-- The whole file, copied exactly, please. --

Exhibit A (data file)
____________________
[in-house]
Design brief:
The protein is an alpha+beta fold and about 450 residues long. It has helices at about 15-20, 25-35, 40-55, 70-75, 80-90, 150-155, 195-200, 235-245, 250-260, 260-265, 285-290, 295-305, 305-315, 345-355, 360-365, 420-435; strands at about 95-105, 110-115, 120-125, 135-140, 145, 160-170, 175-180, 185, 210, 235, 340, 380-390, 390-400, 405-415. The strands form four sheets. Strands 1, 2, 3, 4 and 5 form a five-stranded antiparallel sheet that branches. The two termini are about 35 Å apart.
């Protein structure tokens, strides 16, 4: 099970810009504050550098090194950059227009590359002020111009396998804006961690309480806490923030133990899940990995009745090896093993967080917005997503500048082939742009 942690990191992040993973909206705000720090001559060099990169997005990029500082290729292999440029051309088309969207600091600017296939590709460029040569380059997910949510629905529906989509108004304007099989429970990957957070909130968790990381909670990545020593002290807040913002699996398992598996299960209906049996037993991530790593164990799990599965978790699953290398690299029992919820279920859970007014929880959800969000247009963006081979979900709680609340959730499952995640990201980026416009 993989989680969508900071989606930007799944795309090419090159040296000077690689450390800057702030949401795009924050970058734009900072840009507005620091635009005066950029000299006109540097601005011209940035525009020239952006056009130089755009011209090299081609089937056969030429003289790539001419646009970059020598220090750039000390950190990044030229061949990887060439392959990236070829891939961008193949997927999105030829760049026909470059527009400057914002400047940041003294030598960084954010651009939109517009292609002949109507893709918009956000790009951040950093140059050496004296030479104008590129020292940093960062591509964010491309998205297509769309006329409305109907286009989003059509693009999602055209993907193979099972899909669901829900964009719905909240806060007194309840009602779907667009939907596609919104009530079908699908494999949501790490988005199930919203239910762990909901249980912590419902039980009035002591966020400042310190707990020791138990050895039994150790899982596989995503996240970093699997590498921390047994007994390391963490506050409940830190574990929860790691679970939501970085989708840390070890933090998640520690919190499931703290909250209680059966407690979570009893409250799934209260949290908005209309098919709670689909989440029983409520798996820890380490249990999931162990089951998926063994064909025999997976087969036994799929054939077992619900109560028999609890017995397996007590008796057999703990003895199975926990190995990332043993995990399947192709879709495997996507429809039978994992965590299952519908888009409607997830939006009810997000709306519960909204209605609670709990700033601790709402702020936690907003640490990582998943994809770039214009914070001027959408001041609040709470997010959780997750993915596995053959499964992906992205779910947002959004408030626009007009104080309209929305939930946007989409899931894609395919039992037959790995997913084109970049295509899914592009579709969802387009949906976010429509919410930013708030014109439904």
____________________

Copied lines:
[in-house]
Design brief:
The protein is an alpha+beta fold and about 450 residues long. It has helices at about 15-20, 25-35, 40-55, 70-75, 80-90, 150-155, 195-200, 235-245, 250-260, 260-265, 285-290, 295-305, 305-315, 345-355, 360-365, 420-435; strands at about 95-105, 110-115, 120-125, 135-140, 145, 160-170, 175-180, 185, 210, 235, 340, 380-390, 390-400, 405-415. The strands form four sheets. Strands 1, 2, 3, 4 and 5 form a five-stranded antiparallel sheet that branches. The two termini are about 35 Å apart.
């Protein structure tokens, strides 16, 4: 099970810009504050550098090194950059227009590359002020111009396998804006961690309480806490923030133990899940990995009745090896093993967080917005997503500048082939742009 942690990191992040993973909206705000720090001559060099990169997005990029500082290729292999440029051309088309969207600091600017296939590709460029040569380059997910949510629905529906989509108004304007099989429970990957957070909130968790990381909670990545020593002290807040913002699996398992598996299960209906049996037993991530790593164990799990599965978790699953290398690299029992919820279920859970007014929880959800969000247009963006081979979900709680609340959730499952995640990201980026416009 993989989680969508900071989606930007799944795309090419090159040296000077690689450390800057702030949401795009924050970058734009900072840009507005620091635009005066950029000299006109540097601005011209940035525009020239952006056009130089755009011209090299081609089937056969030429003289790539001419646009970059020598220090750039000390950190990044030229061949990887060439392959990236070829891939961008193949997927999105030829760049026909470059527009400057914002400047940041003294030598960084954010651009939109517009292609002949109507893709918009956000790009951040950093140059050496004296030479104008590129020292940093960062591509964010491309998205297509769309006329409305109907286009989003059509693009999602055209993907193979099972899909669901829900964009719905909240806060007194309840009602779907667009939907596609919104009530079908699908494999949501790490988005199930919203239910762990909901249980912590419902039980009035002591966020400042310190707990020791138990050895039994150790899982596989995503996240970093699997590498921390047994007994390391963490506050409940830190574990929860790691679970939501970085989708840390070890933090998640520690919190499931703290909250209680059966407690979570009893409250799934209260949290908005209309098919709670689909989440029983409520798996820890380490249990999931162990089951998926063994064909025999997976087969036994799929054939077992619900109560028999609890017995397996007590008796057999703990003895199975926990190995990332043993995990399947192709879709495997996507429809039978994992965590299952519908888009409607997830939006009810997000709306519960909204209605609670709990700033601790709402702020936690907003640490990582998943994809770039214009914070001027959408001041609040709470997010959780997750993915596995053959499964992906992205779910947002959004408030626009007009104080309209929305939930946007989409899931894609395919039992037959790995997913084109970049295509899914592009579709969802387009949906976010429509919410930013708030014109439904």